I'm really scratching my head over the FoV difference. Everything in me is telling me that shouldn't be happening. o_O
     
  5. Torus34

    Torus34 No longer a newbie, moving up!

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    It's not that a fixed focal length lens ['prime' lens] is somehow less lens that results in its ability to produce a sharper image. It is entirely possible to make a zoom lens with less elements than a fixed fl lens. It would not change the situation -- the problem inherent in designing a lens would remain.

    The design of any lens requires that six sources of image degradation be considered and minimized. Among these are spherical aberration and chromatic aberration. Any lens design is a compromise -- an attempt to balance the six 'problems' and end up with the most accurate [distortion-free], sharpest image.

    Solving this for a single fl is a difficult job. If you try to do this for a lens with a range of fl's, you'll find that you can get a 'best' solution for one point in the fl range but as you move away from that 'sweet' fl, there will be a fall-off in overall correction. The increase in the number of lens elements found in zoom lenses as compared to fixed fl lenses is due to the desire to minimize this fall-off.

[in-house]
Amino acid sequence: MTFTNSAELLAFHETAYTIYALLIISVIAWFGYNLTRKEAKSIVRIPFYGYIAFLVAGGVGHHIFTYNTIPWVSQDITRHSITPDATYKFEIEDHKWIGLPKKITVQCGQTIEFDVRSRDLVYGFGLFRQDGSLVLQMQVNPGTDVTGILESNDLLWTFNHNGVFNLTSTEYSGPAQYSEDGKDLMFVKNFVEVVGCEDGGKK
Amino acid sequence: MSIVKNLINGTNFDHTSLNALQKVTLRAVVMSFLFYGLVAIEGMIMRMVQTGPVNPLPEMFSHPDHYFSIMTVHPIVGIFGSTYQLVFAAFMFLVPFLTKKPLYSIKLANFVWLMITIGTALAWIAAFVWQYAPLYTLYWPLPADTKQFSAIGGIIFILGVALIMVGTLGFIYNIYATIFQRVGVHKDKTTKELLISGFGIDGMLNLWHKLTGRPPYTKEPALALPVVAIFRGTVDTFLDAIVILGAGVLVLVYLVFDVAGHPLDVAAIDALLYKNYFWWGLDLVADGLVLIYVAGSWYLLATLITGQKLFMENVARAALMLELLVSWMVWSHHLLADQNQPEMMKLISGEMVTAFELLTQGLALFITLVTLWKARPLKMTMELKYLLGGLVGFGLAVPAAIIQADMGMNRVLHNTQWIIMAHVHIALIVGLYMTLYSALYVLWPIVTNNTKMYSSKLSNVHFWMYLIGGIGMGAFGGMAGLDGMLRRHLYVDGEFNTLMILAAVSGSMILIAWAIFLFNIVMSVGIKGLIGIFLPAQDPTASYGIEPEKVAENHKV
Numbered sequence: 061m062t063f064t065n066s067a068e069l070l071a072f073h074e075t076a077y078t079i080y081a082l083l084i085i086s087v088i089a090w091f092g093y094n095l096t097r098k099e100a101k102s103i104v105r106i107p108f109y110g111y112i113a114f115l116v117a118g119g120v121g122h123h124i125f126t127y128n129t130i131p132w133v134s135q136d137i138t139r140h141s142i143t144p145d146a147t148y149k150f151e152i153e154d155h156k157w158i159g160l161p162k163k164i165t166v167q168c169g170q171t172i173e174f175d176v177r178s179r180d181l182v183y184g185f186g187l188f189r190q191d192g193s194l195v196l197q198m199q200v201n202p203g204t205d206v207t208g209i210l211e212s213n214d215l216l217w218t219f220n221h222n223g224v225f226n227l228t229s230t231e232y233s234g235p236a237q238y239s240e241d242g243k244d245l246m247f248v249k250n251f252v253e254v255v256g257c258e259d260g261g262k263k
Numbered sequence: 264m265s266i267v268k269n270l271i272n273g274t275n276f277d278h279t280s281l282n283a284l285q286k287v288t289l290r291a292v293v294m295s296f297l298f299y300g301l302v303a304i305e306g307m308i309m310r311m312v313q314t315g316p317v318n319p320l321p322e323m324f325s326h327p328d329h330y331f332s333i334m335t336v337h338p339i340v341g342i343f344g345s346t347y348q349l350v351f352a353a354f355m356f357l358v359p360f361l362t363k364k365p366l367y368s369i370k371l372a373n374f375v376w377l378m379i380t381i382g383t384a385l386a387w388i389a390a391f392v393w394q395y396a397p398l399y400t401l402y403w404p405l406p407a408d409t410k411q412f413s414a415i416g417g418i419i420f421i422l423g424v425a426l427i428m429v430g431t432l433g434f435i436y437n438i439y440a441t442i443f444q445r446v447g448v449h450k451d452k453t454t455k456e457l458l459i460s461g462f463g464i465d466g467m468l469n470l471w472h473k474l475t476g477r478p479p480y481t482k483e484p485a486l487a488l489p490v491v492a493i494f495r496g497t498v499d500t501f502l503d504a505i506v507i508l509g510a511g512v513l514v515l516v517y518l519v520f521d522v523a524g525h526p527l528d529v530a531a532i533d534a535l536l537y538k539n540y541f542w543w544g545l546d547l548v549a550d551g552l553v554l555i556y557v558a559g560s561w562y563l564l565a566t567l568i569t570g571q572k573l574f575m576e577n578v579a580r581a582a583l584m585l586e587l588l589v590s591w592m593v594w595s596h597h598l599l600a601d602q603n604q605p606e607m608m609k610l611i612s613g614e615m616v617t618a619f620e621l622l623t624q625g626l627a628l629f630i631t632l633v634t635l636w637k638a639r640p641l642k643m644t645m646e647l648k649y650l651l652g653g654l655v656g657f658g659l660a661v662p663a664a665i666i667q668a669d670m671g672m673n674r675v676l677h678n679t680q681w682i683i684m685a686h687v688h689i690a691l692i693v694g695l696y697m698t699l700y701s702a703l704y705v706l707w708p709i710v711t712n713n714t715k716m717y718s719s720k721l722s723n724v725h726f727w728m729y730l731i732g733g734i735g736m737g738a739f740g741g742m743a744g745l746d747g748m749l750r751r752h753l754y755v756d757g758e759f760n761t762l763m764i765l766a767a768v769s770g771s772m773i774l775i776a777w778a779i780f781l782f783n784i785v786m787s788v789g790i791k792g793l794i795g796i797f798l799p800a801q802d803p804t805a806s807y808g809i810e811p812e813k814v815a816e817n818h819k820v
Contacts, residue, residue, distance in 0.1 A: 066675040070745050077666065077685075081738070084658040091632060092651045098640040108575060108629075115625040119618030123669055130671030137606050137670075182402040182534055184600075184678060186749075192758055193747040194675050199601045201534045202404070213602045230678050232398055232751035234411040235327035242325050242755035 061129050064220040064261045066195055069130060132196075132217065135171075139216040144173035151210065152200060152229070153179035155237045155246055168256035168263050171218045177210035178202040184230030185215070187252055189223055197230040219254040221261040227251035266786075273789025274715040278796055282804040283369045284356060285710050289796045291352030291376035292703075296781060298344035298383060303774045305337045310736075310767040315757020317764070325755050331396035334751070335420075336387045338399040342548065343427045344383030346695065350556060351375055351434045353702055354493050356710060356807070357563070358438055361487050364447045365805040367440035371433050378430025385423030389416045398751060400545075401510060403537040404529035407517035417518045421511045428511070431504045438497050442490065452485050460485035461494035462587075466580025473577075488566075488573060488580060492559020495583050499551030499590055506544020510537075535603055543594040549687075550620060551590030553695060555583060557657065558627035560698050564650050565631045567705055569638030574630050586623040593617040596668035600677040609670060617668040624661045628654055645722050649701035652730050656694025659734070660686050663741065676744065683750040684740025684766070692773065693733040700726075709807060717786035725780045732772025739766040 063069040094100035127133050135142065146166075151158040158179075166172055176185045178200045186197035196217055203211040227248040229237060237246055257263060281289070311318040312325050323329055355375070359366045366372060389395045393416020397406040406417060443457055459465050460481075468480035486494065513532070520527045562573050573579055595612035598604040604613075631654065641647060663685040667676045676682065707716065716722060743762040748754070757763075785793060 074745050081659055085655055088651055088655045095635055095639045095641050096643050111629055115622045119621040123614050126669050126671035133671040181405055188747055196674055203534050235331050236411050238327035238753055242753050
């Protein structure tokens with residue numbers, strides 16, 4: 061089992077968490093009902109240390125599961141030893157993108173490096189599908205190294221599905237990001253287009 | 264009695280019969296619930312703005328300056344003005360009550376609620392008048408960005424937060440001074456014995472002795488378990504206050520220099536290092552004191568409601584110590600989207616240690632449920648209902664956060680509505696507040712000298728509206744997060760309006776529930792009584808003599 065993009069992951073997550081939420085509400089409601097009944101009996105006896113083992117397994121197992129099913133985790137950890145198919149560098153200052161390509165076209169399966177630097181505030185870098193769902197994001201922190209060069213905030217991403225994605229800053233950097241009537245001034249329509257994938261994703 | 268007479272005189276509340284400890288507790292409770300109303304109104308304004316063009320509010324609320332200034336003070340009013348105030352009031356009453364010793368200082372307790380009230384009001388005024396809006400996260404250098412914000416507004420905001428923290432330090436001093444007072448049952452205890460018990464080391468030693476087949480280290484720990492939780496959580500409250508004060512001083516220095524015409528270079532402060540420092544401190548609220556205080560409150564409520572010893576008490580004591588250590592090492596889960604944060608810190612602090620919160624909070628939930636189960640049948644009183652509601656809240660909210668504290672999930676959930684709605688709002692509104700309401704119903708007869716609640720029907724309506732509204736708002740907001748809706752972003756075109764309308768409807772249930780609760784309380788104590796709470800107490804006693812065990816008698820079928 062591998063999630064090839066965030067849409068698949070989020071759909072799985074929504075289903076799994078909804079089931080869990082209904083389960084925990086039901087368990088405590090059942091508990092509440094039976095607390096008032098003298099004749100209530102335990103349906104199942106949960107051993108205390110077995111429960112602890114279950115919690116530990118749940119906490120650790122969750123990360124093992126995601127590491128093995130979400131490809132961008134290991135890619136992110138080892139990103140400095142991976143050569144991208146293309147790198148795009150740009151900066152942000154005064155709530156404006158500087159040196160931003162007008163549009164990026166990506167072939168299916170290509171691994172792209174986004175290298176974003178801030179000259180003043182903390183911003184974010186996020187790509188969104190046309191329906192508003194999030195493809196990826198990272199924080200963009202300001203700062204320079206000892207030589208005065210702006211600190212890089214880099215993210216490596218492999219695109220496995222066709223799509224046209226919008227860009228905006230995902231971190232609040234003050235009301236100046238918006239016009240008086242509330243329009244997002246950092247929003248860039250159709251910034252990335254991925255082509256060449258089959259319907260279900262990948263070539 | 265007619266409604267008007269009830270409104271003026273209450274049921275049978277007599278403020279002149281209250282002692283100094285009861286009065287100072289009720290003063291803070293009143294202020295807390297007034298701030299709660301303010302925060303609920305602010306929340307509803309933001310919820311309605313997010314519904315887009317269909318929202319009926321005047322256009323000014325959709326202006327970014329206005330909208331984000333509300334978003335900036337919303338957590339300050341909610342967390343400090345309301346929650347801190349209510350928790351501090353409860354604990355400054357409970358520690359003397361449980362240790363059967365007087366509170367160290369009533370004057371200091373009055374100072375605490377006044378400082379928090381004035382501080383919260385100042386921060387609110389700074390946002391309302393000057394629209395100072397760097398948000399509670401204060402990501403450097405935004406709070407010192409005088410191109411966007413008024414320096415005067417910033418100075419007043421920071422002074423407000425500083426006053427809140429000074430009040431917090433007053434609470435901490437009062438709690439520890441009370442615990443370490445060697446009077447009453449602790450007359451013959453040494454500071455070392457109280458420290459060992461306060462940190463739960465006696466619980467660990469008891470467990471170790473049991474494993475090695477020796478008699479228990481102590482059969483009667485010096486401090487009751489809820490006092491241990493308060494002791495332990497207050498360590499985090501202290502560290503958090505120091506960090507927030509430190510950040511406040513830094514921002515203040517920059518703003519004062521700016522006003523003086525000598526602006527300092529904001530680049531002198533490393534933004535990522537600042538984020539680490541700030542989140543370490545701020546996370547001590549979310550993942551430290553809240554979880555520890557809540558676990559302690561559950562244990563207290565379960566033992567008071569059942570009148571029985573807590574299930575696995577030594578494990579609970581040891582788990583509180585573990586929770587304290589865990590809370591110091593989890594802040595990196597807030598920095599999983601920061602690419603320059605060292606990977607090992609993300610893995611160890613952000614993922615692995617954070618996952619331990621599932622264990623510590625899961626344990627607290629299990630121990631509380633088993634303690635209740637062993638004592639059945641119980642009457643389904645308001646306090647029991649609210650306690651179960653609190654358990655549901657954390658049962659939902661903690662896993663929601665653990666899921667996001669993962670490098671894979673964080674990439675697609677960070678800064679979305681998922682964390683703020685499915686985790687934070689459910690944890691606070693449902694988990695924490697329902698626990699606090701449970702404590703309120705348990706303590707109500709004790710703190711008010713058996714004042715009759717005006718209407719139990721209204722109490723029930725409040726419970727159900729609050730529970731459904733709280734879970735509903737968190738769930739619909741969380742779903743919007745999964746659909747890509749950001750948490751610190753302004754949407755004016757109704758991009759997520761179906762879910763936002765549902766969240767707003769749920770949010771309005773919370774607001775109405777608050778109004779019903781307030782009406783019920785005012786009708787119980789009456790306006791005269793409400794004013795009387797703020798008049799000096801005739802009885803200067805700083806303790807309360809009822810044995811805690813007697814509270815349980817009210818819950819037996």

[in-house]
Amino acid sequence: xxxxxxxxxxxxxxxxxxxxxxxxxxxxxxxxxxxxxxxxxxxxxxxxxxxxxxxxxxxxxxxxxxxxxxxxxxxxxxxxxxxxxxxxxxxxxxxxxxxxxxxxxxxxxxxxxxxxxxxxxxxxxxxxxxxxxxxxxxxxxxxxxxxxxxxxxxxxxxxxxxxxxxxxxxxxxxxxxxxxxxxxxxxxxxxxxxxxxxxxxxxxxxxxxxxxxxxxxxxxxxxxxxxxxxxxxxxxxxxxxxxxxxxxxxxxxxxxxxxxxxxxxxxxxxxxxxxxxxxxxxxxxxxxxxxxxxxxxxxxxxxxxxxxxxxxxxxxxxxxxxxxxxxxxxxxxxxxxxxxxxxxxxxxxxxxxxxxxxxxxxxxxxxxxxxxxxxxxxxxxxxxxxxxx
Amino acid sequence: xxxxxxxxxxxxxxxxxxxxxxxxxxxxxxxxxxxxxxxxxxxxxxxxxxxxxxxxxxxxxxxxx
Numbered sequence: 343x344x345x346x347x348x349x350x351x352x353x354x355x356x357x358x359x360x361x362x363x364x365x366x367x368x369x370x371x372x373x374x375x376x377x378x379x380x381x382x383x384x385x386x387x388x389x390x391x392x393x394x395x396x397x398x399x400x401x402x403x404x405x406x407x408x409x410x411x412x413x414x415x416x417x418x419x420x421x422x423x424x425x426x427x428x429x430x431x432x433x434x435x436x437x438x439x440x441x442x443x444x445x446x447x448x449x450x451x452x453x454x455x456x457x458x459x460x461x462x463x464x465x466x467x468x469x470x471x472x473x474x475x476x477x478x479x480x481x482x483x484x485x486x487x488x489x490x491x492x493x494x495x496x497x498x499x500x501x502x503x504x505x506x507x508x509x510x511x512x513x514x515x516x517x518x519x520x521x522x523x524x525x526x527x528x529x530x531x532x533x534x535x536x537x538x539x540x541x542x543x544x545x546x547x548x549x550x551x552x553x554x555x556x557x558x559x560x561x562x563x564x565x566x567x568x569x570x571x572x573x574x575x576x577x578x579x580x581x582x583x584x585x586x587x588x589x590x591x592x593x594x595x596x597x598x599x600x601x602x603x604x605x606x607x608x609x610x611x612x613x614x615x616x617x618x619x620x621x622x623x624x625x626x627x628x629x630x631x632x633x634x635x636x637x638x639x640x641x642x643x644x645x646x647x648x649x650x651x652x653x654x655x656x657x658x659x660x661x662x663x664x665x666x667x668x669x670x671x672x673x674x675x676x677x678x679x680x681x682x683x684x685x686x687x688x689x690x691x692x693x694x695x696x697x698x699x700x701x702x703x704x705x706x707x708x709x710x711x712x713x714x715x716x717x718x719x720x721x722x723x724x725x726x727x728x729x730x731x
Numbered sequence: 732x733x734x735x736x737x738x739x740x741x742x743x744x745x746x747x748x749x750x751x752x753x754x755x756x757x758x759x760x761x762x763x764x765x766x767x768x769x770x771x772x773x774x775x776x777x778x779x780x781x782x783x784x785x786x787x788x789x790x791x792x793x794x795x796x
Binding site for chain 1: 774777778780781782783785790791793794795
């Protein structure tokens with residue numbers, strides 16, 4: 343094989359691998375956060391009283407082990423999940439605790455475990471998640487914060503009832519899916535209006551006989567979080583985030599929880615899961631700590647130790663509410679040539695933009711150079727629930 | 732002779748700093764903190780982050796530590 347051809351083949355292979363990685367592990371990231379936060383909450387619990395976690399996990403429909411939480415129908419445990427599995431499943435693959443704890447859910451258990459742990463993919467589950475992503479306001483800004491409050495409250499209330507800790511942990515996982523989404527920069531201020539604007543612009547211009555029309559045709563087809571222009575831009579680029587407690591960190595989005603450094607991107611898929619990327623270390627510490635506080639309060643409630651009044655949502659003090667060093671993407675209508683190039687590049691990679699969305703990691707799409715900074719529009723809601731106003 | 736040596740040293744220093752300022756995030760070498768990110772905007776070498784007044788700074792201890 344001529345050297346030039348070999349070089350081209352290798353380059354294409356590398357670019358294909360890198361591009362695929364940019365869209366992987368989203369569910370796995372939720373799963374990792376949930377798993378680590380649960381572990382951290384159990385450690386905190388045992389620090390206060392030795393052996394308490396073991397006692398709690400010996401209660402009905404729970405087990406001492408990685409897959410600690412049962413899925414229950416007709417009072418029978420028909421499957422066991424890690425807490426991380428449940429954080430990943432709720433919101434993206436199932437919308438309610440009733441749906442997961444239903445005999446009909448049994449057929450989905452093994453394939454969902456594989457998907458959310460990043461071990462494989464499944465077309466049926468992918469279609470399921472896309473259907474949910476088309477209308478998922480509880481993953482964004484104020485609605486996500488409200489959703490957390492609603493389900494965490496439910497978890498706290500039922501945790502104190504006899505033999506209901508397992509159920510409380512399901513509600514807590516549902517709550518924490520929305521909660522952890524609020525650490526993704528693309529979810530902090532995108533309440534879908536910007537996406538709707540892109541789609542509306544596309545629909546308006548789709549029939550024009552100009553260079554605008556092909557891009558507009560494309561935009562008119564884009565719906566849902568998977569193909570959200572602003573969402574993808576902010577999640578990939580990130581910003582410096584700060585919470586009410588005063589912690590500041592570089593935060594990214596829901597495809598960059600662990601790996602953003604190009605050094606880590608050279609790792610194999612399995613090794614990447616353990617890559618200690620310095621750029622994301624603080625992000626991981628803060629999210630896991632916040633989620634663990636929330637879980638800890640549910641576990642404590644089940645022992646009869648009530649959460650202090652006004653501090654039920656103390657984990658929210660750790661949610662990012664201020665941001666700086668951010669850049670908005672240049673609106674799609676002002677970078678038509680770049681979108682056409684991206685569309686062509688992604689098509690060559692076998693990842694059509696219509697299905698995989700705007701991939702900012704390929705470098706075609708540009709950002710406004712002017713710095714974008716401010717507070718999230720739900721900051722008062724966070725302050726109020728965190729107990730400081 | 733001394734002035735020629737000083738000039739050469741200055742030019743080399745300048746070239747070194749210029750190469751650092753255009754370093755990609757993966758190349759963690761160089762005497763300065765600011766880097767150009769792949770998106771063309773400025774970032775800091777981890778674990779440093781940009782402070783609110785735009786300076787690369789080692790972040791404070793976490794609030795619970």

6. Dwig

    Dwig TPF Noob!

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    They are different sizes for three reasons:

    1. Image size is not controlled by the focal length, but by the distance between the expit pupil and the image plane.

    2. The "50mm" makings on the lenses actually mean "somewhere roughly in the neighborhood of, but certainly not exactly 50mm".

    3. The two lenses focus by different methods, the zoom by changing focal length.

    4. There is not a single point in the lens from which the focal length is measured. There are separate points for measuring from the front and from the back. Only in very simple lenses do these two point coincide. The relative poisitions of these points will vary between your two lenses and this difference will have some impact on the size difference seen. It will be very small at these focusing distances, but in or near true macro ranges it can be a significant factor as it changes the effective distance from the subject to the lens. The physical size of the lens is not a factor itself, though the longer the lens from front to rear element the more likely there is a greater distance between these two points.

    Your 50mm prime lens is probably very close to a 52mm focal length; most Canon and Nikkor 50's are actually designed that way. 50mm is just a rounded off number. The 50mm setting on you zoom is not a precise marking; its only accurate to about +-10% or about 5mm in this case.